Hey all! I’ve been re-reading one of my favorite philosophy books, Walden or Life in the Woods by Henry David Thoreau. I had always wanted to venture out to Walden Pond in Concord, MA to walk the same trails and take in the scenery as Thoreau did in the 19th century. Keeping a strong connection to nature and removing myself from society on occasion is something I hold to a high esteem. I was determined to get there whether it was with company or alone, so I thought “Why not make a day trip of it?”

I was lucky enough to bring two friends along, a writer and a musician. We hopped in the gas guzzling Jeep at 9 AM and hit the road. As we drove up the Hudson Valley to our destination of Mt. Washington, MA, we took in the rolling hills of the Berkshires and the corn fields for miles..and I mean miles. Before I knew it, we arrived at our first stop.

Bash Bish Falls,

Aka the tallest waterfall in Massachusetts, that also happens to be in New York too. It lies right on the border between the two states! I don’t know about you, but I was pretty fascinated by that fact. Anyway, we unknowingly parked in the Massachusetts lot because that’s where my GPS directed us, but more about that later. We stepped into the woods and embarked on a steep-yet-short descent to the falls. It was very, how you say, Lord of the Rings? Everything was covered in a thick layer of lusciously green moss and there were a number of stream crossings. Under the canopy of the trees, it was a cool sixty-five degrees. After slipping and sliding a few times, we reached the falls. Woohoo! Sixty feet of natural wonder! It’s a gorgeous double waterfall rushing into a pool below, eventually leading into the Hudson. It was a bit populated, but with considerate and nice people offering to take your picture after they see you struggling with your self-timer.

Boy, oh boy. Nature is a real beaut. Oh yeah, I forgot we had to hike up that steep path to get back to the car. Once we got going, there was some huffing and puffing and sweating, but we eventually made it. Totally worth it. Remember when I mentioned the Mass. parking lot? Well there’s a New York one and it doesn’t include a steep ascent on the way back. Woops. It’s exercise, right?

Walden Pond

After a long three hour drive from Mt. Washington, we arrived in Concord! I could barely contain my excitement. As we pull into the parking lot and get ready to pay the $5 parking charge, we are quickly informed that New York cars are required to pay $10. I guess it’s true, MA and NY really are rivals. It was then clarified that all out of state cars have to pay $10…sure. But I digress.

I was surprised to see how many cars had taken over the parking lot. Then I remembered that we were at a pond, and people are probably swimming. Anyway, we made our way over to the gift shop to check out all the Thoreau goodies. I bought myself a Walden Pond patch for my backpack and a shirt that says “What Would Thoreau Do?” because why wouldn’t I?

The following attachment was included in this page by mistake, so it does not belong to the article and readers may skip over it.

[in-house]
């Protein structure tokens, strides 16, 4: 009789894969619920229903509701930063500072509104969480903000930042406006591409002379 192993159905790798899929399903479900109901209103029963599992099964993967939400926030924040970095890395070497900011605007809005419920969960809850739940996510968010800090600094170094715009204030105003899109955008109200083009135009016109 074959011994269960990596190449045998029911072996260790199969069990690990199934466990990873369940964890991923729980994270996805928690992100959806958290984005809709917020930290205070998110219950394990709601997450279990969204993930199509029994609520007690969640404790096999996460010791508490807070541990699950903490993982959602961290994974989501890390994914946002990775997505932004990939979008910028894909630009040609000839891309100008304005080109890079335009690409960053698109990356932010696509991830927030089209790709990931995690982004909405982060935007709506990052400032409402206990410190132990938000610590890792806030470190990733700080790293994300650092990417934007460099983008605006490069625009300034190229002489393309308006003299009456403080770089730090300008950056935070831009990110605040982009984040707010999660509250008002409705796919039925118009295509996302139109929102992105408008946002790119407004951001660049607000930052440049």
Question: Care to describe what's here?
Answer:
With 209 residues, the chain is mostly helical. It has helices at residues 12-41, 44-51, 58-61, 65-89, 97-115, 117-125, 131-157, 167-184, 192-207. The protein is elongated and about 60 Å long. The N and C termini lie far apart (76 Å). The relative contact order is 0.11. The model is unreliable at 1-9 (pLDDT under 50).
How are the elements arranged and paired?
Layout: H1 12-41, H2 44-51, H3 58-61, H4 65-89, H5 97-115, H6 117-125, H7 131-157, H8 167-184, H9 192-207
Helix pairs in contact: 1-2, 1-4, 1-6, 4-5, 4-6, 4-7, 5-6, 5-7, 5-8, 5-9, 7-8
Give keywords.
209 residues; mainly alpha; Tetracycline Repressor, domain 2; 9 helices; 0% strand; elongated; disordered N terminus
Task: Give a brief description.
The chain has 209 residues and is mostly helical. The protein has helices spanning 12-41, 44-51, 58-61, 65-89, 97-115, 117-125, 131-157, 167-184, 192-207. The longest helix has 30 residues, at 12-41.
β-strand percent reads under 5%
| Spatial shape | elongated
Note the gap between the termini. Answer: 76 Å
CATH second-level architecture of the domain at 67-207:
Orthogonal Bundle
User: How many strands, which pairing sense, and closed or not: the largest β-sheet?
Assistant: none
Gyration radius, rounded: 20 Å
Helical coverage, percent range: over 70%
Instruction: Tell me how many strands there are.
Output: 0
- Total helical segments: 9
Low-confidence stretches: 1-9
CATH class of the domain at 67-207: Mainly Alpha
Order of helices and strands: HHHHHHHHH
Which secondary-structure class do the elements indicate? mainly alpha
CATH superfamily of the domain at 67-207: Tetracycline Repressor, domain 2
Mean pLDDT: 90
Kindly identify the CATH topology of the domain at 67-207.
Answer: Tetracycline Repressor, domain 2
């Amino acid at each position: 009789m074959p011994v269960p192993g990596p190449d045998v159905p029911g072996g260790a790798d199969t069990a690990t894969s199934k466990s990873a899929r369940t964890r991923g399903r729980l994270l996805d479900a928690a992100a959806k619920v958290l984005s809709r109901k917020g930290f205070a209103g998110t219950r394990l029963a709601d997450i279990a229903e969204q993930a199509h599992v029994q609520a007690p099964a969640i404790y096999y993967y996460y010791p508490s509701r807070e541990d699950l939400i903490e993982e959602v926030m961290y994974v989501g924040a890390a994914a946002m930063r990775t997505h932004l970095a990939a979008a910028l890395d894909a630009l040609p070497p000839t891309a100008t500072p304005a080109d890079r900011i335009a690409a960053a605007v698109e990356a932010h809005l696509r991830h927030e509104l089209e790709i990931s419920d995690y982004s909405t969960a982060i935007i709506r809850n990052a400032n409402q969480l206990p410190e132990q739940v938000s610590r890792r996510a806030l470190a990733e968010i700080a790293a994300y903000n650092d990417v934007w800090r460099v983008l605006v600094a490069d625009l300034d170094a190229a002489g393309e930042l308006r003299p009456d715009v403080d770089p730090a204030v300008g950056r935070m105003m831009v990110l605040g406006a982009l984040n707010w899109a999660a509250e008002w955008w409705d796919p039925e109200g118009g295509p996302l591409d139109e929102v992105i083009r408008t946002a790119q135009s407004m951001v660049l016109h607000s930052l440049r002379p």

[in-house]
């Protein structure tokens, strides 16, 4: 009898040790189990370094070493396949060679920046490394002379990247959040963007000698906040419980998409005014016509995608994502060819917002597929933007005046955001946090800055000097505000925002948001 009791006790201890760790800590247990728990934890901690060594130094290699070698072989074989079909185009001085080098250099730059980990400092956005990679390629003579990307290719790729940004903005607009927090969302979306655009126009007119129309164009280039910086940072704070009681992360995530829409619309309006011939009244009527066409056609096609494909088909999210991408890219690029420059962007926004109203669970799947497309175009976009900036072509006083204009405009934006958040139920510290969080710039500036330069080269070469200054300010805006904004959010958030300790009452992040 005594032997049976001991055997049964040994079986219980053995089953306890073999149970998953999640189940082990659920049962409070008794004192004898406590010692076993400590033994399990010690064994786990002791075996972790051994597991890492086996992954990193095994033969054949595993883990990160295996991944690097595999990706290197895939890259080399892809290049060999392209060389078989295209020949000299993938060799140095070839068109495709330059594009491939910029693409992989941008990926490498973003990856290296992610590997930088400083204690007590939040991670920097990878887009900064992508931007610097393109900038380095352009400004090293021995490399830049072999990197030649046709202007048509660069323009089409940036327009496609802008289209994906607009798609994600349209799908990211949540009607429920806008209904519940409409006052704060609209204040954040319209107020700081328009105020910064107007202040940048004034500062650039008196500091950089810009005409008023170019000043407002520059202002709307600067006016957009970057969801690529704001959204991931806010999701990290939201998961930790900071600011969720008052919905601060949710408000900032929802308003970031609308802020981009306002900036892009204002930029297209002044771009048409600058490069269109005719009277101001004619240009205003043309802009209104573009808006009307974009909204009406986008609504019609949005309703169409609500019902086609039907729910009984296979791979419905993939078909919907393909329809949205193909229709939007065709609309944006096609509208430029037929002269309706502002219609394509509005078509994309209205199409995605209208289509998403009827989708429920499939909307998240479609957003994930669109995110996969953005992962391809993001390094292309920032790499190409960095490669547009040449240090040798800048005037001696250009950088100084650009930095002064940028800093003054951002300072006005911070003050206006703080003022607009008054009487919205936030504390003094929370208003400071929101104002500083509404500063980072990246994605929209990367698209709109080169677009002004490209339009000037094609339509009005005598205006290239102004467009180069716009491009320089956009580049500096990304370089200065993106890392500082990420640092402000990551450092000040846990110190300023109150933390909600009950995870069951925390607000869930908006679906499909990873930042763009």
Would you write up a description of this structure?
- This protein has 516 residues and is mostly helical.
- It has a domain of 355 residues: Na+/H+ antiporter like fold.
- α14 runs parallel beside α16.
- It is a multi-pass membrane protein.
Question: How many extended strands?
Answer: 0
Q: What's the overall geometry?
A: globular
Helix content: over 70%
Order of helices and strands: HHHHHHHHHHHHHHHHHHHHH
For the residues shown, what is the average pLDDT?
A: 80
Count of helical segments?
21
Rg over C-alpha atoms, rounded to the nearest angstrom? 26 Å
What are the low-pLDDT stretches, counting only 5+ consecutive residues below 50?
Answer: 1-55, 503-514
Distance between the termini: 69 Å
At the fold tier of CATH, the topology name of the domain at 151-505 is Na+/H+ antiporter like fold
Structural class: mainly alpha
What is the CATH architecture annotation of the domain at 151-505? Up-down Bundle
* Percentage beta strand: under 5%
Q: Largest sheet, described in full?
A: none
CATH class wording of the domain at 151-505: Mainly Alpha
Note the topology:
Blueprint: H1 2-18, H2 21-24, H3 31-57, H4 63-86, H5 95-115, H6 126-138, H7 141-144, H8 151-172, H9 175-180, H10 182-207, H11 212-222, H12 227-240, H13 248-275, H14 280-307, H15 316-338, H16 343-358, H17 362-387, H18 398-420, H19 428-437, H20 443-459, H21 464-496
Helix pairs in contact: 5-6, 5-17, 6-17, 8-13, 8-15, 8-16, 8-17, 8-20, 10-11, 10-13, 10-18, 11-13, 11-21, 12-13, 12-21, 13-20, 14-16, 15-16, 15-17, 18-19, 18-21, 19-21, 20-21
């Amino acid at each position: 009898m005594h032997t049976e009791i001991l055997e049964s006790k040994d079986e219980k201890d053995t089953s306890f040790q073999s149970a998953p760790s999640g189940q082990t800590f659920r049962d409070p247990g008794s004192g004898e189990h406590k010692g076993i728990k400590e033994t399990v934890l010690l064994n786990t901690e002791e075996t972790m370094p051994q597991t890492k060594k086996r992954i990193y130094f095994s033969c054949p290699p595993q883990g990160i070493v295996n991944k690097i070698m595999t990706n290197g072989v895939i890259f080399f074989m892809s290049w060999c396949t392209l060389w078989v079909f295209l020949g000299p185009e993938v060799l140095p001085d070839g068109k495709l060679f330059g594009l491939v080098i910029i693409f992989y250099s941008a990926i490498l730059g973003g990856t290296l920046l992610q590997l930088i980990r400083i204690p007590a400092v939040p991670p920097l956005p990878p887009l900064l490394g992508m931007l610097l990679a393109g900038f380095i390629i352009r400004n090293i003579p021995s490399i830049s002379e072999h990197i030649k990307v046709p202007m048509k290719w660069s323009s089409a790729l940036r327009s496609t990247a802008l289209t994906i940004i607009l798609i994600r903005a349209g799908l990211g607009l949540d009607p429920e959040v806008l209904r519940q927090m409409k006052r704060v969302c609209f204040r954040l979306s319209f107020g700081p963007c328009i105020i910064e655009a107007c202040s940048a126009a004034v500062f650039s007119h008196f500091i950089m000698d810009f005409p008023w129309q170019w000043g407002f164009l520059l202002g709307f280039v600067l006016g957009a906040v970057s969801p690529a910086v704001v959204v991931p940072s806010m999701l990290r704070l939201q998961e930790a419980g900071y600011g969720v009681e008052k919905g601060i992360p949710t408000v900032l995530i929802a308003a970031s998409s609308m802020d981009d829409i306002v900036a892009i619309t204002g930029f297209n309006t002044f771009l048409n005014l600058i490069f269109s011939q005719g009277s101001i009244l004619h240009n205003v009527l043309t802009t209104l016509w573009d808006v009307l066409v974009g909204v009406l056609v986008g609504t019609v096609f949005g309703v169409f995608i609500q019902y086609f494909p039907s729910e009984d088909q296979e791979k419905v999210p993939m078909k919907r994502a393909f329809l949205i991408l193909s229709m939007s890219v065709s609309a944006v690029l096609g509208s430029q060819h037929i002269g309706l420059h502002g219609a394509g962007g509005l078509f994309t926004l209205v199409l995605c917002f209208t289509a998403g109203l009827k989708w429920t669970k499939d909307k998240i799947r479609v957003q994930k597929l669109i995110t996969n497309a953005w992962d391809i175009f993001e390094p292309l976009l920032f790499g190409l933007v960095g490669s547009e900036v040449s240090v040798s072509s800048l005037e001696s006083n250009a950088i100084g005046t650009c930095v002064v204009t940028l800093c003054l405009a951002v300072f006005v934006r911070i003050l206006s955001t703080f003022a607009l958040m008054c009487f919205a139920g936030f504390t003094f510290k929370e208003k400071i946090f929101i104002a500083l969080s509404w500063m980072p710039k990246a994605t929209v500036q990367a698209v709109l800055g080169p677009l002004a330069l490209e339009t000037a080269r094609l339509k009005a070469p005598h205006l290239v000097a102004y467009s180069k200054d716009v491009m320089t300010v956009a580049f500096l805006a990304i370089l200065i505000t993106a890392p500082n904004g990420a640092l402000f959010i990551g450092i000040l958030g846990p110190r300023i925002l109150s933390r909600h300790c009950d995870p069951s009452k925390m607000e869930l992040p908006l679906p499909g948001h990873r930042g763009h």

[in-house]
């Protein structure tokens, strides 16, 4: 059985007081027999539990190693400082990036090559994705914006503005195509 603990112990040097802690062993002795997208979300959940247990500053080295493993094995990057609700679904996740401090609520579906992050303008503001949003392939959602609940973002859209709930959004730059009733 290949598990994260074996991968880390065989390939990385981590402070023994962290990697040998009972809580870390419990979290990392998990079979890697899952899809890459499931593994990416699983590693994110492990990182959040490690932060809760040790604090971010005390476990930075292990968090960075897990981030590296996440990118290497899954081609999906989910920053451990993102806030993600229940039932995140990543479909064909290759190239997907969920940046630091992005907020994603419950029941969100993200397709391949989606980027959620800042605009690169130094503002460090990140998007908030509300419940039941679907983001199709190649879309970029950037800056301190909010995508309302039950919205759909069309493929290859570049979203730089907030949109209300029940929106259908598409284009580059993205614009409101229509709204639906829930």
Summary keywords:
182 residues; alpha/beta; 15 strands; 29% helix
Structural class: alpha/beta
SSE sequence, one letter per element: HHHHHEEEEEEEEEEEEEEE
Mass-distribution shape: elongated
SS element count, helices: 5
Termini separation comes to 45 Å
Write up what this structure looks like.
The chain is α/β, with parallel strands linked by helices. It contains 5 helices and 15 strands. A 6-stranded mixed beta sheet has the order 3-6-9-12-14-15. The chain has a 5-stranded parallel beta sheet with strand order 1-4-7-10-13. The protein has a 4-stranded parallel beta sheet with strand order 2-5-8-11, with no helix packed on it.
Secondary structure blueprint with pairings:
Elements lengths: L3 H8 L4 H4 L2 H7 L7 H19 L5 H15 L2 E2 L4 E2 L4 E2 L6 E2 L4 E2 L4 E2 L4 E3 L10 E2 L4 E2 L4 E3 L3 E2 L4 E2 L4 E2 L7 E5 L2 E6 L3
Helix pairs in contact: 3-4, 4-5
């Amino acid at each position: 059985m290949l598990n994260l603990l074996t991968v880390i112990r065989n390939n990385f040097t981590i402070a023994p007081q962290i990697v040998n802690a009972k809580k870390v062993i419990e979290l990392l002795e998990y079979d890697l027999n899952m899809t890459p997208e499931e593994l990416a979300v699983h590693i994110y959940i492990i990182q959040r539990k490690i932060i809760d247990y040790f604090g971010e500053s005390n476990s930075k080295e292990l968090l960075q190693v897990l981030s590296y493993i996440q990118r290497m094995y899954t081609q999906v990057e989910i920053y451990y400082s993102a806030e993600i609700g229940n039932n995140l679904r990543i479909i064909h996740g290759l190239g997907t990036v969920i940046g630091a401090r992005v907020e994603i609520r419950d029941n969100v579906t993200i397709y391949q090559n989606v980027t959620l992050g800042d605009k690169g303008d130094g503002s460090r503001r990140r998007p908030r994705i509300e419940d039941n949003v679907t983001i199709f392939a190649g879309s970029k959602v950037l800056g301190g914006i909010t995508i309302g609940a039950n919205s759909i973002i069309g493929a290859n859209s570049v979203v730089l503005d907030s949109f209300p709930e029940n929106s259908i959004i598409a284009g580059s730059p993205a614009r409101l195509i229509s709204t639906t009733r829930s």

We visited a replica of HDT’s house which measured roughly 12 x 8 I would estimate. We continued to walk the trail to the site of the real cabin that unfortunately no longer exists. There was a wooden sign that read one of my favorite quotes, “I went to the woods because I wished to live deliberately, to front only the essential facts of life. And see if I could not learn what it had to teach and not, when I came to die, discover that I had not lived.” Warms the heart. Standing at the sight, Thoreau’s motive behind living in solitude in the woods could not be any more apparent.

We sat on the shores and took in the vastness and foliage and contemplated for a bit. I dipped my feet in and the water was really clear and eighty-five degrees. After ample contemplation, we moved on to our next and final destination.


Like any city, Boston has it’s wonders, and parking is a bitch. Be surprised not. My musician friend had gone to BU, so he knew his way around and brought us to all the best spots. Our first stop was In Your Ear!, a record/VHS/8-track/CD/DVD/poster/t-shirt/free stuff store. When I say they have an extensive selection, I mean it.

After perusing records and such, my friend insisted we stopped next door at Blue Slate Coffee to grab some cascara iced tea. I learned that cascara tea is made from the fruit that surrounds the coffee bean, so naturally it’s a bit bitter with fruity notes and enough caffeine to get you through your day. I wanted to bathe in it.

We looked around some more, and then we got to the most important part: food. Most places didn’t cater to a cheaper budget, so we ended up at Max Brenner, a restaurant based around chocolate. I’ll say it again: chocolate. Their menu was small, in a wonderful way. I still ended up being torn between three things. Of course after dinner, I had to peek at their specialty chocolate selection and pick some up for my mom. A full belly and a $40 parking ticket later, it was time to go home so we drove off into the night sky, and without turning around we whispered Massachusetts “Adieu”.

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New York to Boston Hey all! I’ve been re-reading one of my favorite philosophy books, Walden or Life in the Woods by Henry David Thoreau.